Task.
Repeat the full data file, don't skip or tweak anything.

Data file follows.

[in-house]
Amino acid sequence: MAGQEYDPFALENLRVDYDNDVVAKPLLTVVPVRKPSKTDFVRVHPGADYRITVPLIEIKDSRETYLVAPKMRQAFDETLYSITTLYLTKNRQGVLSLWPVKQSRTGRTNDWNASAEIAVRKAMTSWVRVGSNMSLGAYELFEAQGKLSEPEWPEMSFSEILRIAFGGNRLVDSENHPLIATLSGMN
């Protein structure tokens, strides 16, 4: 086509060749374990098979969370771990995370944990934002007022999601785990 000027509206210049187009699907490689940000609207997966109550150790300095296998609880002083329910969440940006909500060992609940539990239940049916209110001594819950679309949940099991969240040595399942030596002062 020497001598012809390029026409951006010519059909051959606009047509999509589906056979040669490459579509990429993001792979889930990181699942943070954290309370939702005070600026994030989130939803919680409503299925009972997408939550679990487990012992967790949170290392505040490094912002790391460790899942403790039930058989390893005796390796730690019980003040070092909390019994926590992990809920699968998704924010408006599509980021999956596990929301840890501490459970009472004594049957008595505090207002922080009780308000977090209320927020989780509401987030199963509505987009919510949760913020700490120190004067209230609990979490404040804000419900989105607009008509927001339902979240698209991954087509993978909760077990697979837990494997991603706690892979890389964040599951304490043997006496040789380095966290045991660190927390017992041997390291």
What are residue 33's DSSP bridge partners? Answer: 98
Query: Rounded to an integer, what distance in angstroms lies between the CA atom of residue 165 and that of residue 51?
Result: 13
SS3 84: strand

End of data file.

[in-house]
Amino acid sequence: MAGQEYDPFALENLRVDYDNDVVAKPLLTVVPVRKPSKTDFVRVHPGADYRITVPLIEIKDSRETYLVAPKMRQAFDETLYSITTLYLTKNRQGVLSLWPVKQSRTGRTNDWNASAEIAVRKAMTSWVRVGSNMSLGAYELFEAQGKLSEPEWPEMSFSEILRIAFGGNRLVDSENHPLIATLSGMN
């Protein structure tokens, strides 16, 4: 086509060749374990098979969370771990995370944990934002007022999601785990 000027509206210049187009699907490689940000609207997966109550150790300095296998609880002083329910969440940006909500060992609940539990239940049916209110001594819950679309949940099991969240040595399942030596002062 020497001598012809390029026409951006010519059909051959606009047509999509589906056979040669490459579509990429993001792979889930990181699942943070954290309370939702005070600026994030989130939803919680409503299925009972997408939550679990487990012992967790949170290392505040490094912002790391460790899942403790039930058989390893005796390796730690019980003040070092909390019994926590992990809920699968998704924010408006599509980021999956596990929301840890501490459970009472004594049957008595505090207002922080009780308000977090209320927020989780509401987030199963509505987009919510949760913020700490120190004067209230609990979490404040804000419900989105607009008509927001339902979240698209991954087509993978909760077990697979837990494997991603706690892979890389964040599951304490043997006496040789380095966290045991660190927390017992041997390291």
What are residue 33's DSSP bridge partners? Answer: 98
Query: Rounded to an integer, what distance in angstroms lies between the CA atom of residue 165 and that of residue 51?
Result: 13
SS3 84: strand